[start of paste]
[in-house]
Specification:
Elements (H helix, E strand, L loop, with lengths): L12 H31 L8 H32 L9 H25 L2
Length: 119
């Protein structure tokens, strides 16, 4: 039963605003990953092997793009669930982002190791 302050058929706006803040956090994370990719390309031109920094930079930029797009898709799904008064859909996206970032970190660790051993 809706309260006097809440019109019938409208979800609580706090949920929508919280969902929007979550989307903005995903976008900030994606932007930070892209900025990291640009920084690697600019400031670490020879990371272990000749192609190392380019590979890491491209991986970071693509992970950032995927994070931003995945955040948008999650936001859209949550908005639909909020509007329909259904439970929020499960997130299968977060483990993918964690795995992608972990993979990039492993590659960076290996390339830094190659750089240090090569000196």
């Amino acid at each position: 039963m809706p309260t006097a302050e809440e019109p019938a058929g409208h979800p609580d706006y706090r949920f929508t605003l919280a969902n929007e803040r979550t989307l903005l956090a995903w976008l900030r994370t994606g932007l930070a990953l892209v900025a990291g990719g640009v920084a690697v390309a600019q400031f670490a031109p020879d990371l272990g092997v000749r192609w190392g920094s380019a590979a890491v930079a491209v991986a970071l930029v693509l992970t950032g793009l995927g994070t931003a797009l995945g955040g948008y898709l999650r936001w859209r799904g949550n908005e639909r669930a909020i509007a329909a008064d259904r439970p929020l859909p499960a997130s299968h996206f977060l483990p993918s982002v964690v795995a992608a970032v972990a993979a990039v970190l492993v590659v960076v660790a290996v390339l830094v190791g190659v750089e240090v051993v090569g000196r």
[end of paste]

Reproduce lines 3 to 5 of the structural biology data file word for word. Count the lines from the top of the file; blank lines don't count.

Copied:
Elements (H helix, E strand, L loop, with lengths): L12 H31 L8 H32 L9 H25 L2
Length: 119
């Protein structure tokens, strides 16, 4: 039963605003990953092997793009669930982002190791 302050058929706006803040956090994370990719390309031109920094930079930029797009898709799904008064859909996206970032970190660790051993 809706309260006097809440019109019938409208979800609580706090949920929508919280969902929007979550989307903005995903976008900030994606932007930070892209900025990291640009920084690697600019400031670490020879990371272990000749192609190392380019590979890491491209991986970071693509992970950032995927994070931003995945955040948008999650936001859209949550908005639909909020509007329909259904439970929020499960997130299968977060483990993918964690795995992608972990993979990039492993590659960076290996390339830094190659750089240090090569000196």